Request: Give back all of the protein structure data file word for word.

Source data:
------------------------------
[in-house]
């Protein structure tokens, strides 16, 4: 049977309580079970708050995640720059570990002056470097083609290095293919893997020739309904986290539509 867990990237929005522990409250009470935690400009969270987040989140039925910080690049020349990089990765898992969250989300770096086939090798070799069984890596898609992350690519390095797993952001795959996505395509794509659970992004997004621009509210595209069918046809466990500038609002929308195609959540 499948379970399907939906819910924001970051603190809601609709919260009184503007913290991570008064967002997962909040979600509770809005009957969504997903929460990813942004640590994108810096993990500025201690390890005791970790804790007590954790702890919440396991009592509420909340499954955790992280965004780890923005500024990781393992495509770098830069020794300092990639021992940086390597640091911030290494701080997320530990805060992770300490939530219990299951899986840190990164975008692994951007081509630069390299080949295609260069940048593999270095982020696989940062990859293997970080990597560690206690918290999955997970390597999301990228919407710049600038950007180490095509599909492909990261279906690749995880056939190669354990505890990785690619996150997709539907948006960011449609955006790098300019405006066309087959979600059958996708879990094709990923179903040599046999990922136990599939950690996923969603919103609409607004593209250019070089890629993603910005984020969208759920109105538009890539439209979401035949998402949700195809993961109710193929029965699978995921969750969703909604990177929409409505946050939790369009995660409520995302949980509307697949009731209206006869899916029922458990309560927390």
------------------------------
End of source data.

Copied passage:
[in-house]
């Protein structure tokens, strides 16, 4: 049977309580079970708050995640720059570990002056470097083609290095293919893997020739309904986290539509 867990990237929005522990409250009470935690400009969270987040989140039925910080690049020349990089990765898992969250989300770096086939090798070799069984890596898609992350690519390095797993952001795959996505395509794509659970992004997004621009509210595209069918046809466990500038609002929308195609959540 499948379970399907939906819910924001970051603190809601609709919260009184503007913290991570008064967002997962909040979600509770809005009957969504997903929460990813942004640590994108810096993990500025201690390890005791970790804790007590954790702890919440396991009592509420909340499954955790992280965004780890923005500024990781393992495509770098830069020794300092990639021992940086390597640091911030290494701080997320530990805060992770300490939530219990299951899986840190990164975008692994951007081509630069390299080949295609260069940048593999270095982020696989940062990859293997970080990597560690206690918290999955997970390597999301990228919407710049600038950007180490095509599909492909990261279906690749995880056939190669354990505890990785690619996150997709539907948006960011449609955006790098300019405006066309087959979600059958996708879990094709990923179903040599046999990922136990599939950690996923969603919103609409607004593209250019070089890629993603910005984020969208759920109105538009890539439209979401035949998402949700195809993961109710193929029965699978995921969750969703909604990177929409409505946050939790369009995660409520995302949980509307697949009731209206006869899916029922458990309560927390």